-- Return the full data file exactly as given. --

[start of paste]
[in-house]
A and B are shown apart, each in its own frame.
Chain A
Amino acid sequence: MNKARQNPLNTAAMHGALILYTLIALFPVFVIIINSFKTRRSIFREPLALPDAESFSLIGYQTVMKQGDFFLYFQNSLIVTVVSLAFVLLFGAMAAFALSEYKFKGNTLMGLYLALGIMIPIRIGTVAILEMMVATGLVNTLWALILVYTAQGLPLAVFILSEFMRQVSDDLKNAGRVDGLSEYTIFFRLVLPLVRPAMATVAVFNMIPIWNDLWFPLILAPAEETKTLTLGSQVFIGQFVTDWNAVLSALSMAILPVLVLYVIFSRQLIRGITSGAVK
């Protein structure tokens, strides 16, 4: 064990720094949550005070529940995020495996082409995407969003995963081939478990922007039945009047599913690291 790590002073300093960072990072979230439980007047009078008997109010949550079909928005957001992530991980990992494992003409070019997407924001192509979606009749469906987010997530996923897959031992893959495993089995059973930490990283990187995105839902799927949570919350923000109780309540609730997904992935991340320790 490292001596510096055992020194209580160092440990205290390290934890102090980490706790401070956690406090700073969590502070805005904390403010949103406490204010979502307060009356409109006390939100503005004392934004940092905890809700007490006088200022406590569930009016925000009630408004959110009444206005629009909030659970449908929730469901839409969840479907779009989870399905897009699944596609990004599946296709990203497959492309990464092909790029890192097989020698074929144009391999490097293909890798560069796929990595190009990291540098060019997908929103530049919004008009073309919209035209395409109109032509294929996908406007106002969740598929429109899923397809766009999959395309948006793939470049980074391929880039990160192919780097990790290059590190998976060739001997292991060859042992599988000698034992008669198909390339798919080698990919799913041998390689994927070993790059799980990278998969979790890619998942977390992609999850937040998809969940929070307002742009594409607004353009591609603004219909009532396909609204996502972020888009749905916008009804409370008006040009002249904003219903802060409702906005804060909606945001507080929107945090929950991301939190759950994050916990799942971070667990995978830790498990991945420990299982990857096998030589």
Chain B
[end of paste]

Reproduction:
[in-house]
A and B are shown apart, each in its own frame.
Chain A
Amino acid sequence: MNKARQNPLNTAAMHGALILYTLIALFPVFVIIINSFKTRRSIFREPLALPDAESFSLIGYQTVMKQGDFFLYFQNSLIVTVVSLAFVLLFGAMAAFALSEYKFKGNTLMGLYLALGIMIPIRIGTVAILEMMVATGLVNTLWALILVYTAQGLPLAVFILSEFMRQVSDDLKNAGRVDGLSEYTIFFRLVLPLVRPAMATVAVFNMIPIWNDLWFPLILAPAEETKTLTLGSQVFIGQFVTDWNAVLSALSMAILPVLVLYVIFSRQLIRGITSGAVK
């Protein structure tokens, strides 16, 4: 064990720094949550005070529940995020495996082409995407969003995963081939478990922007039945009047599913690291 790590002073300093960072990072979230439980007047009078008997109010949550079909928005957001992530991980990992494992003409070019997407924001192509979606009749469906987010997530996923897959031992893959495993089995059973930490990283990187995105839902799927949570919350923000109780309540609730997904992935991340320790 490292001596510096055992020194209580160092440990205290390290934890102090980490706790401070956690406090700073969590502070805005904390403010949103406490204010979502307060009356409109006390939100503005004392934004940092905890809700007490006088200022406590569930009016925000009630408004959110009444206005629009909030659970449908929730469901839409969840479907779009989870399905897009699944596609990004599946296709990203497959492309990464092909790029890192097989020698074929144009391999490097293909890798560069796929990595190009990291540098060019997908929103530049919004008009073309919209035209395409109109032509294929996908406007106002969740598929429109899923397809766009999959395309948006793939470049980074391929880039990160192919780097990790290059590190998976060739001997292991060859042992599988000698034992008669198909390339798919080698990919799913041998390689994927070993790059799980990278998969979790890619998942977390992609999850937040998809969940929070307002742009594409607004353009591609603004219909009532396909609204996502972020888009749905916008009804409370008006040009002249904003219903802060409702906005804060909606945001507080929107945090929950991301939190759950994050916990799942971070667990995978830790498990991945420990299982990857096998030589």
Chain B